Respite from petrol price ahead?
Economists say we may have some relief from rising petrol costs early next year.
CAPE TOWN - The Cape Chamber Of Commerce says its portfolio committee has been discussing possibilities of working with the city of Cape Town to help lessen the blow of yet another petrol price hike.
The price of petrol increased earlier this week forcing motorists to cough up 32 cents extra for a litre of petrol and 33 cents for a litre of diesel.
Motorists in Cape Town are now paying the highest rate ever for a litre of unleaded petrol at 13 rand, 18 cents.
The chamber's Viola Manuel says car-pooling which is becoming a global trend, is one of the many suggestions.
"We know that economists are saying that there are more tough times to come before things get better and we can really only look for some form of respite early next year."
EVER INCREASING COSTS
The petrol price increased by another 32 cents per litre to its highest ever price last week. Diesel now costs an additional 33 cents while illuminating paraffin is up by 25 cents.
Last month the cost of petrol increased by 84 cents per litre, while diesel went up by 78 cents a litre.
Economist Chris Hart says fortunately the rand has been stable or the petrol price would be higher.
"Brent crude rose from roughly $103 a barrel at the beginning of the month to $108 at the end of the month. That's a reasonably high price and the rand behaved itself."
However, Hart added motorists might face another increase.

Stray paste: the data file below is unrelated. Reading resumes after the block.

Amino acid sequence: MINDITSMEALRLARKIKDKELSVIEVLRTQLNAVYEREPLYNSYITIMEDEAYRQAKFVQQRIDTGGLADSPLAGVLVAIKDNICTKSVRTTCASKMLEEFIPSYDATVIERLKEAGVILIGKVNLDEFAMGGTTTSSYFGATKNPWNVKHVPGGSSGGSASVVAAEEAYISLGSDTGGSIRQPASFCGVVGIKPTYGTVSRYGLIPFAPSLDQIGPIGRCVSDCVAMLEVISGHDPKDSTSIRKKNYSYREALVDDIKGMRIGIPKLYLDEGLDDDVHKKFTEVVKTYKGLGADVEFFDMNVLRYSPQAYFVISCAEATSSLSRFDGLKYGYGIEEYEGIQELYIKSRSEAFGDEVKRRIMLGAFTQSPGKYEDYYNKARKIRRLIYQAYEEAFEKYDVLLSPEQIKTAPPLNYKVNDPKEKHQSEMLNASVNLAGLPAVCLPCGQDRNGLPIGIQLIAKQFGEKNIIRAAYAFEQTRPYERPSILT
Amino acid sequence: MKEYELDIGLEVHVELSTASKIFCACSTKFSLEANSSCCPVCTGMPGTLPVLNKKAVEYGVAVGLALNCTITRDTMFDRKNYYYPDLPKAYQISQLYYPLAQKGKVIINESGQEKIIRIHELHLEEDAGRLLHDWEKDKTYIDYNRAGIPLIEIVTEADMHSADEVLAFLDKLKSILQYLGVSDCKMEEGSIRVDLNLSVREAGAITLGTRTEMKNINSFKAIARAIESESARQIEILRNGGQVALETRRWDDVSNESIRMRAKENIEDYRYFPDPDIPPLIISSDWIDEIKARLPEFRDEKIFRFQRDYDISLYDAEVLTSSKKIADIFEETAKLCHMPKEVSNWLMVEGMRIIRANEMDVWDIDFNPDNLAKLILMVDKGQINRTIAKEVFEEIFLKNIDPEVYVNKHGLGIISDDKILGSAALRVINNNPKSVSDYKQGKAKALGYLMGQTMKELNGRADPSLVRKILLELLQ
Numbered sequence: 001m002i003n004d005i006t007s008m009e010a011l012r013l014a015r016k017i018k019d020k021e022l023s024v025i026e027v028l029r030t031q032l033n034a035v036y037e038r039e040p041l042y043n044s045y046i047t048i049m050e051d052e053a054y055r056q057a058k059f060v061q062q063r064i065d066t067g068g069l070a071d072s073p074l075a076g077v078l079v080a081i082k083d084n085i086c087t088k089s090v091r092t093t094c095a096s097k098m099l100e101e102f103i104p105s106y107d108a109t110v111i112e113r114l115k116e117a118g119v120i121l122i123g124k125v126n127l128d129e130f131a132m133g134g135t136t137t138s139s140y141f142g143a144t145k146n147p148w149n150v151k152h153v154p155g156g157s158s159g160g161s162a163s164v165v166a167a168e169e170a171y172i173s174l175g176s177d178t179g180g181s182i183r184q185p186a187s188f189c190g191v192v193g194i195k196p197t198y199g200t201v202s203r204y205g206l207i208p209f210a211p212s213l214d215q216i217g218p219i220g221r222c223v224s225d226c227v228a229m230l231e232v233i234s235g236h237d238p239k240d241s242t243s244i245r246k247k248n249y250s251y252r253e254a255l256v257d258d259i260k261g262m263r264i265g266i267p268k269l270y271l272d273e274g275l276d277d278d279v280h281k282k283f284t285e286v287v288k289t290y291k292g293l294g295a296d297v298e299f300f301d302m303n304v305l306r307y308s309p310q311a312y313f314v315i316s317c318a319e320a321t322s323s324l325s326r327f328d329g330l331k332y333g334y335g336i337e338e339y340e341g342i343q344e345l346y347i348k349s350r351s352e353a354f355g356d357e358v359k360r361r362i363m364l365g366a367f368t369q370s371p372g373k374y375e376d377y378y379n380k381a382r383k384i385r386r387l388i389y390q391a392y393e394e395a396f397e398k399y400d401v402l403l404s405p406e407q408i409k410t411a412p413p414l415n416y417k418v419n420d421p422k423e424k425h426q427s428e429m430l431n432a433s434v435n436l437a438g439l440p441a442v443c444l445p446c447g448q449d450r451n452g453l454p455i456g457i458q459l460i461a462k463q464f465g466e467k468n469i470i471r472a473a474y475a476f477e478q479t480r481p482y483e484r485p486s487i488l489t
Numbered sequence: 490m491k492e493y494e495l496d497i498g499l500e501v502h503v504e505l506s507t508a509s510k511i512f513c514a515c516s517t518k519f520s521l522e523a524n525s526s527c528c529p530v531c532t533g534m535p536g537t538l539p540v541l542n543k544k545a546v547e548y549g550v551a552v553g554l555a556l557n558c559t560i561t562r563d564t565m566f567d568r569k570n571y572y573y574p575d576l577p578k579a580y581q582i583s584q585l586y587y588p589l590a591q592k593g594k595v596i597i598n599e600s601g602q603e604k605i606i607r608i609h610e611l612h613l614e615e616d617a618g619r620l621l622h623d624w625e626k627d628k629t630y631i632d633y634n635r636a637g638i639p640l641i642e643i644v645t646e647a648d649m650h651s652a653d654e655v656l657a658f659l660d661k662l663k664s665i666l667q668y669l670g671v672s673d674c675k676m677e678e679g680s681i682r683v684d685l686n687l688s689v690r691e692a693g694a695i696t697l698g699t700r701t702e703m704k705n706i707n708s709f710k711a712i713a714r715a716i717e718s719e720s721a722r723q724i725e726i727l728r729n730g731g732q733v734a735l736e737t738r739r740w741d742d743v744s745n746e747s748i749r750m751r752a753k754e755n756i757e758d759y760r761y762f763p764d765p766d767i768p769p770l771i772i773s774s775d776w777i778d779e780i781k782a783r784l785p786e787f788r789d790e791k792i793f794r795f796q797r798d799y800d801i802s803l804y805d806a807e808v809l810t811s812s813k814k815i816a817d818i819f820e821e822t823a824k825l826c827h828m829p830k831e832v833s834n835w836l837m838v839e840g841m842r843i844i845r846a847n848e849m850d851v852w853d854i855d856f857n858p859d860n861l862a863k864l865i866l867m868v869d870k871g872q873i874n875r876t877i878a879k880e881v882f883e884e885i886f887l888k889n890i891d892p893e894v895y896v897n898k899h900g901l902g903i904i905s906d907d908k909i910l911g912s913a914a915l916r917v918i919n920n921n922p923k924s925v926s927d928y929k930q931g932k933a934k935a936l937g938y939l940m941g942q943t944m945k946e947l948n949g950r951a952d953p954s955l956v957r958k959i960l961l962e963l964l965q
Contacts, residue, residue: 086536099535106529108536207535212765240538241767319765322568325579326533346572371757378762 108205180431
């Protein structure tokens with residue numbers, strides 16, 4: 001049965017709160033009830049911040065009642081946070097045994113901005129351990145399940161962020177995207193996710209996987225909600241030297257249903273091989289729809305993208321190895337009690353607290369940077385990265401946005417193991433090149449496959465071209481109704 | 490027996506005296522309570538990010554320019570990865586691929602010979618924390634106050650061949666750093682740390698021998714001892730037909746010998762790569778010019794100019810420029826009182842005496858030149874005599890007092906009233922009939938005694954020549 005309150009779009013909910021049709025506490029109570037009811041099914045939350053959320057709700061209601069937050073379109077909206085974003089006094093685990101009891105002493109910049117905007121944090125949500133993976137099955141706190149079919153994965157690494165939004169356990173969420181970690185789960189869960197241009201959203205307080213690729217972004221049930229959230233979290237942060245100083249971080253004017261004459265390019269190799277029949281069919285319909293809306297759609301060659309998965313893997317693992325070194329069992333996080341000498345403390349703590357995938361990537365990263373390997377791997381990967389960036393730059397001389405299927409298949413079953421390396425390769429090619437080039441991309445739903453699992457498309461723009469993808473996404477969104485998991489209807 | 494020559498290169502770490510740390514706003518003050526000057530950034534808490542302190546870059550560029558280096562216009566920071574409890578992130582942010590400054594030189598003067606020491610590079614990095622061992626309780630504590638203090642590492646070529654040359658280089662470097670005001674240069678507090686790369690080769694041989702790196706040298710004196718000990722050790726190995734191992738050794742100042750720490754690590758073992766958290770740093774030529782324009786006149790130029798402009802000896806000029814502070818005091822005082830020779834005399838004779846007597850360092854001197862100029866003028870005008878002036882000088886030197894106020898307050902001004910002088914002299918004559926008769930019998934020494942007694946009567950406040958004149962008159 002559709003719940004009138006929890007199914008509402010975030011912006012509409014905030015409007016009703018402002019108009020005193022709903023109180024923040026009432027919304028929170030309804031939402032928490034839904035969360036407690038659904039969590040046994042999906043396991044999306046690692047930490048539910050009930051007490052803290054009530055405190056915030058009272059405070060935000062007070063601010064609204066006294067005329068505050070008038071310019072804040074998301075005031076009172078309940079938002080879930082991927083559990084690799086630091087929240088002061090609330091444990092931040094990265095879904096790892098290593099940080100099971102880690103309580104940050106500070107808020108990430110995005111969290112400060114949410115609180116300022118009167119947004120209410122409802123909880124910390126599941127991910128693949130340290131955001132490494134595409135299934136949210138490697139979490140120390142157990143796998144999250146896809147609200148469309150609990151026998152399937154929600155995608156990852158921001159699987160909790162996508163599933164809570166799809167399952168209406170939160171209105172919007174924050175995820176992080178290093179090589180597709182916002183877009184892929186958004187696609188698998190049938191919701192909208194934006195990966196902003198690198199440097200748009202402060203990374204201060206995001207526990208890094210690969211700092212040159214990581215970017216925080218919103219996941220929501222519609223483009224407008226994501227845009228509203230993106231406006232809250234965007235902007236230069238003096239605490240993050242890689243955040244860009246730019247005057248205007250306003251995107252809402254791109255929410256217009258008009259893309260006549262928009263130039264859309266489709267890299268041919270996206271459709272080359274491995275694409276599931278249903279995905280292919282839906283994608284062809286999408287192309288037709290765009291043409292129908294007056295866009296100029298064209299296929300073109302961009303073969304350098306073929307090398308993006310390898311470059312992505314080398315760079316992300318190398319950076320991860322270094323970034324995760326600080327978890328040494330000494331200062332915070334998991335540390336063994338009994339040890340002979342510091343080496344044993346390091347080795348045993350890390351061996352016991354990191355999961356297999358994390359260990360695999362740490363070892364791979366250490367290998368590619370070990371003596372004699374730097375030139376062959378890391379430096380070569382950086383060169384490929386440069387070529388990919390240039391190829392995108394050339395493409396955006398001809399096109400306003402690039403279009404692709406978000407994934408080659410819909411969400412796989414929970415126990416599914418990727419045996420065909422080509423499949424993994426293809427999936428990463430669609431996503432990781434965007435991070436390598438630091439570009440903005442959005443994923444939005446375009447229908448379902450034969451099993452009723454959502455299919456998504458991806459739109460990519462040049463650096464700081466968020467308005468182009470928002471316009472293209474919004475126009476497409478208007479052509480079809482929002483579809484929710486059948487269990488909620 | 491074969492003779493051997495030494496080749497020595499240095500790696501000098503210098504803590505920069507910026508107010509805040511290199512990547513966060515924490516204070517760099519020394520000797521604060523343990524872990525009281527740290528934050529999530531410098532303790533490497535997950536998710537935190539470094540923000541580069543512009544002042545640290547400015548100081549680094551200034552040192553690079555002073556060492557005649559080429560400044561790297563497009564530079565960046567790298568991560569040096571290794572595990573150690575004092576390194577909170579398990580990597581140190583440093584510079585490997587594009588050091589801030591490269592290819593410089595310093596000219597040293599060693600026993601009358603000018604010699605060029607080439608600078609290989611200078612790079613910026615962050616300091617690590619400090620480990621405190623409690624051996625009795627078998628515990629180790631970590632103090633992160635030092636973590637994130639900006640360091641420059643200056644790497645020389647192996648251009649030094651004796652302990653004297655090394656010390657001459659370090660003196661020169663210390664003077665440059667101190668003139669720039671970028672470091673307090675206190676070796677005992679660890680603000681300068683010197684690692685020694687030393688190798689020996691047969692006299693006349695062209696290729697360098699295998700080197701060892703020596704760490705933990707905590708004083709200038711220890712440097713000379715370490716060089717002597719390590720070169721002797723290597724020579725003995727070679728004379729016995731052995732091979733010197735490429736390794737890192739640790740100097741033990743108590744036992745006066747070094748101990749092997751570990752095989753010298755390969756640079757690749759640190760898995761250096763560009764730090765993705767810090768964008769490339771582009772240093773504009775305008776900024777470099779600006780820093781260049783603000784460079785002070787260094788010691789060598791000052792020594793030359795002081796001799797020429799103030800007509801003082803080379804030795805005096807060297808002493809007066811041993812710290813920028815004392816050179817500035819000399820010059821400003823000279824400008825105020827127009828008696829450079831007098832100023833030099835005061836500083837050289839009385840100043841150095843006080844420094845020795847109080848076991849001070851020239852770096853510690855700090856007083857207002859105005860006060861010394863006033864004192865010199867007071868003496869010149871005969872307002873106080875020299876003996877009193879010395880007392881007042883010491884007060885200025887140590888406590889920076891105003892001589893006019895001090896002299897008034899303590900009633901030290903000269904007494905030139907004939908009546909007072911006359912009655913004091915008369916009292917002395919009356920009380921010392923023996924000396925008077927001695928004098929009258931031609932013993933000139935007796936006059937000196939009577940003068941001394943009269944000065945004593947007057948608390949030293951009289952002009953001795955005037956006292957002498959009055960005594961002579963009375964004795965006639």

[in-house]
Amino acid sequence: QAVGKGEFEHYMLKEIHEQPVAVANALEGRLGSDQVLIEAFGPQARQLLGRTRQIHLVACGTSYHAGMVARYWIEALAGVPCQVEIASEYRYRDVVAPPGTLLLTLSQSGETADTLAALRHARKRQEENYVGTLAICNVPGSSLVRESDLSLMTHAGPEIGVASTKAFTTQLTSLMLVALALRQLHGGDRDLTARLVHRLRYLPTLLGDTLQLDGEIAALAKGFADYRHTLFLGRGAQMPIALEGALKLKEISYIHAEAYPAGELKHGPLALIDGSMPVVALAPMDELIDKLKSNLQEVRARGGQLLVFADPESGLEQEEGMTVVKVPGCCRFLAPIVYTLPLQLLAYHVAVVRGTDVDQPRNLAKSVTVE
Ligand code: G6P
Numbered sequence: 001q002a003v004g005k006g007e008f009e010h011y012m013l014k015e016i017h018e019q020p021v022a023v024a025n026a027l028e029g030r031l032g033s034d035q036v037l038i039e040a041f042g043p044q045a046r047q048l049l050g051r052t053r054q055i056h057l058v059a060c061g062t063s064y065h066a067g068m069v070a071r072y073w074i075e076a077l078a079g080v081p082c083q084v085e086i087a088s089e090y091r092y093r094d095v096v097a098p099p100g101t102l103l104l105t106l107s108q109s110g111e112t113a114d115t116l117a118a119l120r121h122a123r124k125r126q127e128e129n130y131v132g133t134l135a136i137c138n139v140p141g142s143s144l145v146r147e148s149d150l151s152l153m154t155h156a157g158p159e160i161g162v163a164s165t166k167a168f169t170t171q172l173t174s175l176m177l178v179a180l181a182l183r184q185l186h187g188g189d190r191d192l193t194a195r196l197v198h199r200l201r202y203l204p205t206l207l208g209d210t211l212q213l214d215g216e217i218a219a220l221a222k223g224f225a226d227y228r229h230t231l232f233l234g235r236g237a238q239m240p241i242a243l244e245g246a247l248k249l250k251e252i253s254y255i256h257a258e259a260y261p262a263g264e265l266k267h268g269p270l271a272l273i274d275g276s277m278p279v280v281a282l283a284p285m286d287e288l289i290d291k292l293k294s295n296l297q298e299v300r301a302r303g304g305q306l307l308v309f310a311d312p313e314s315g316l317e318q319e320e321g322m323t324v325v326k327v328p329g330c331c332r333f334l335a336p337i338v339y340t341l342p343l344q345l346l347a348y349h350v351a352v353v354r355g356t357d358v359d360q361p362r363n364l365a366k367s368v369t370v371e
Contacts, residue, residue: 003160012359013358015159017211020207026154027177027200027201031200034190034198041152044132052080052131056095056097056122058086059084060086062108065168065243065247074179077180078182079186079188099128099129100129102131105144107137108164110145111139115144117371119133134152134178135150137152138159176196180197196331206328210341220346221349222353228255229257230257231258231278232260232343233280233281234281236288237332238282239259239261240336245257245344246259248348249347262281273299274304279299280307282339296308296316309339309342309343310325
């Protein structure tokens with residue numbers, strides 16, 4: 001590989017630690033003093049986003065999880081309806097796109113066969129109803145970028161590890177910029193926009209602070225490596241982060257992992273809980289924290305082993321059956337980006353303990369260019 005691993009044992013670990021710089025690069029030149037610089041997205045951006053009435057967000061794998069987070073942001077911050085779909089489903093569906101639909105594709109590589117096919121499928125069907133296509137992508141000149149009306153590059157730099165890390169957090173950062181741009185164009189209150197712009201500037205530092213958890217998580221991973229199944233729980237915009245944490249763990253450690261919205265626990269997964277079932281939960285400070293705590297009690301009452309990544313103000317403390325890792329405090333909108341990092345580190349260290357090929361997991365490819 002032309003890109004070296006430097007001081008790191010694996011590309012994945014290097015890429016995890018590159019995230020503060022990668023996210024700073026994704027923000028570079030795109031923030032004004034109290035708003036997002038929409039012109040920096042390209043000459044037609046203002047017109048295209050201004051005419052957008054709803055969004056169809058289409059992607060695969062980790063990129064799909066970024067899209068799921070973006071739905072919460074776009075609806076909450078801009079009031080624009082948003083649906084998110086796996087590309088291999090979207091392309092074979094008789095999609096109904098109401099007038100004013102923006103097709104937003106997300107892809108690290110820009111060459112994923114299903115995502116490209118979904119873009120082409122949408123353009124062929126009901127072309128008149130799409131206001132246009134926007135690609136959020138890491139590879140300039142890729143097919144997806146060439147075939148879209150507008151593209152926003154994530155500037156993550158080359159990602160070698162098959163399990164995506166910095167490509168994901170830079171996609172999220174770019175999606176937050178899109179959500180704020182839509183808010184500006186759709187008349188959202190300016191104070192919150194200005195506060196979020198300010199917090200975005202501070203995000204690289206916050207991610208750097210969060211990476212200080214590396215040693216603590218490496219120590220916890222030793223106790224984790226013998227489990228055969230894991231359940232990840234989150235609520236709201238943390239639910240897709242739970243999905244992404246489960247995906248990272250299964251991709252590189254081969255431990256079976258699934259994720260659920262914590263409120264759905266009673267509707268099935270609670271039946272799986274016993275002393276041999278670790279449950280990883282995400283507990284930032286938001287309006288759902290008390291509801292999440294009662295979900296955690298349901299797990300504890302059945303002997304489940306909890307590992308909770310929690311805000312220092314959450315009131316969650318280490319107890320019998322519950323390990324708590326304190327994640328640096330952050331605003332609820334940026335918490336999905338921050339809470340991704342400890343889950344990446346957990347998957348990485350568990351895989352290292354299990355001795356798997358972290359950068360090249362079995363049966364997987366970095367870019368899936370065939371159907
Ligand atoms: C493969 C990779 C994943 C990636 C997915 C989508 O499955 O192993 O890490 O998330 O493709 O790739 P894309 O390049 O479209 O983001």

"International oil prices have been relatively strong at the beginning of this month and it does suggest that there could be a further increase next month if international oil prices continue to rise."
Meanwhile, the South African Petroleum Retailers' Association (Sapra) has bemoaned the high cost of fuel, saying everyone in the country will feel the pinch.
Sapra's Gerry Lewis says the poor will be the hardest hit.
"The consumer is going to have less money to spend on food. It's increasingly becoming a more difficult situation for the lower income population."
Sapra believes the fuel price will reach the R14 a litre mark by next year.
Golden Arrow Bus Service and taxi association Santaco have each warned they will have to hike their fares as a result of the fuel price increases.
A recent study has found that while South Africa's fuel prices place the country 40th on a global table, South Africans generally earn less than workers elsewhere.